Fulfilling its reputation as a land of fruit and nuts, the California State Assembly’s Public Safety Committee is scheduled to vote to outlaw elephants from the circus on June 30, 2015. The bill before them, Senate Bill 716, would outlaw the use of a tool called an elephant guide. Elephant guides are no different than leashes for dogs or reins for horses. You can’t walk an elephant in public without one. Animal rights activists call this simple tool, cruel. They claim that these tools cause injuries, puncture wounds, abscesses and other types of trauma to an elephant.
Funny enough, these activists from the Humane Society of the United States (HSUS) have no injured elephants to show the public to prove their statements. If these simple training tools cause puncture wounds, where are they? The Ringling Bros Circus, in particular, is one of the most inspected shows around. In 2012, during “one 11-week stay in California last summer, a total of more than 18 state, local and federal government agencies sent 44 different inspectors to look at Ringling’s pachyderms. The 82 visits spanned more than 221 hours, or more than 3 hours for every day the circus was in the Golden State.” At no time during those 221 hours of inspection did any inspector find an injured or “traumatized” elephant.
Nicole Paquette went on to say that Ringling was stopping their elephant acts because of “the public’s overwhelming opposition to the mistreatment of elephants for entertainment.” Again she lies. Last year, HSUS lost a RICO Act lawsuit and paid Ringling $15.75 million to settle claims that activists had lied about how Ringling treats their elephants. You would think that activists from the HSUS would give up after being outed in court but here they are again lying to legislators and the public.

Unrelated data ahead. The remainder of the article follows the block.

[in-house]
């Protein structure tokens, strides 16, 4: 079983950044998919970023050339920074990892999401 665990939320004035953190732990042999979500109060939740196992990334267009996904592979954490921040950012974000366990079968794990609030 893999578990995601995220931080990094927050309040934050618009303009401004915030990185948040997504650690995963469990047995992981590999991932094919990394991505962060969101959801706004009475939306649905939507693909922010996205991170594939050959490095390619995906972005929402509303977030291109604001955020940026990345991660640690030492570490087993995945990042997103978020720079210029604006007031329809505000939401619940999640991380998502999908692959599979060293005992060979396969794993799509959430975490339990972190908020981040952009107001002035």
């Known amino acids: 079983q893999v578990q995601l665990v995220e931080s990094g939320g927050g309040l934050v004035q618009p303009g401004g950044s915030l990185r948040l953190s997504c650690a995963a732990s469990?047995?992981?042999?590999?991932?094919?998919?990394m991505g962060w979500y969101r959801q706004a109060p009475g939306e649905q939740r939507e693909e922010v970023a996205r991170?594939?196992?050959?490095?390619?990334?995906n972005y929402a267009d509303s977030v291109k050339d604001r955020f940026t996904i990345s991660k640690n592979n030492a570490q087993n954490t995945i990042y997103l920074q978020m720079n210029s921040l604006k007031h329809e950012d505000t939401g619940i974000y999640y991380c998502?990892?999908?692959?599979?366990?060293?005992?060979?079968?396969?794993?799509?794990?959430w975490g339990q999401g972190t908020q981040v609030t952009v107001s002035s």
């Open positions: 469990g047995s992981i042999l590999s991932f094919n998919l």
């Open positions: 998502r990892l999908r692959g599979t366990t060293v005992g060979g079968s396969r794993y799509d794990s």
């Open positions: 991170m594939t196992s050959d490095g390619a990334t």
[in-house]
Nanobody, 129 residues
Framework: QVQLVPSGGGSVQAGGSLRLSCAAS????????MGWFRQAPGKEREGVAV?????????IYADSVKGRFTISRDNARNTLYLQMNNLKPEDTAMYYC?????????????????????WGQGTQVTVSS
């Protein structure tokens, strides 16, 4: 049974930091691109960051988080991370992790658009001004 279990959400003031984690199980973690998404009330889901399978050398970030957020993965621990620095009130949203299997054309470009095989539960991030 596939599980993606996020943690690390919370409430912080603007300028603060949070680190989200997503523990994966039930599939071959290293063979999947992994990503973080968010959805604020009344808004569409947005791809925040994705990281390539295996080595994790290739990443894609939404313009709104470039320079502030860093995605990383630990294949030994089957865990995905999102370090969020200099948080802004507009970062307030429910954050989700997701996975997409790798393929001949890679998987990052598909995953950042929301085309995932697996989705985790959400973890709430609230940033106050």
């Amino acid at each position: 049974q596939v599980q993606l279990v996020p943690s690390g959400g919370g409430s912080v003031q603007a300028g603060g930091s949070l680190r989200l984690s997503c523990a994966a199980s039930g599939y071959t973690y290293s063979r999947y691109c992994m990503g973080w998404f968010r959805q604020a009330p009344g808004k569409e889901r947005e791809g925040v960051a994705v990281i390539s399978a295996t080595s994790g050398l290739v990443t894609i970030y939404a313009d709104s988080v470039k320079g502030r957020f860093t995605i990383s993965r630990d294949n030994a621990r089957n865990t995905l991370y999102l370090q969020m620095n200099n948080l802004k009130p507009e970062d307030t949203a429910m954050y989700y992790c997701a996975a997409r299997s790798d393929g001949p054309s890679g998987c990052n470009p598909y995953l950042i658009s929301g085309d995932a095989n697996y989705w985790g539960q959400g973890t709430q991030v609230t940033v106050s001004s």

Earlier this year Richmond, Virginia banned elephants and other cities across America have listened to the same animal rights puppet masters. These efforts are all part of the activists determination to remove all animals from our lives, one specie at a time. Today its elephants, tomorrow its carriage horses, such as the long running campaign by New York City Mayor DeBlasio to ban carriage horses from Central Park, and tomorrow it will be your dog. Ringling made a business decision to remove their elephant act because they have spent millions defending their reputation, wining, and the activists just continue to lie.
Activists scream that elephants belong in the wild but in the wild they are dying in large numbers. The vast majority of elephants in America today are domestically born. They were born in captivity. they are not ‘wild’ animals. Animal rights activities want to remove them from our lives. Today it’s the circus, tomorrow they will disappear from our zoos and sanctuaries. Activists are already attacking zoos nationwide and forcing the closure of many elephant exhibits. Just up the road from Richmond, the Virginia Zoo recently announced that they are closing their elephant exhibit and getting rid of two elderly elephants under pressure from the animal rights infiltrated Association of Zoos and Aquariums (AZA). Just a few months ago, the Woodland Park Zoo in Seattle, Washington got rid of their elephants under continuous pressure from activists. Once elephants are no longer in the public eye, people will forget about them. In today’s electronic world, people have notoriously short attention spans. Once out of sight, will anyone care that they are quickly becoming extinct in the wild? A world without elephants, what a sad world that is.
Katharine Dokken is a Public Affairs Specialist at The Cavalry Group and the author of a new book, The Art of Terror: Inside the Animal Rights Movement, available on Amazon.
Follow Katharine and The Cavalry Group on Twitter: @KatharineDokken @TheCavalryGroup
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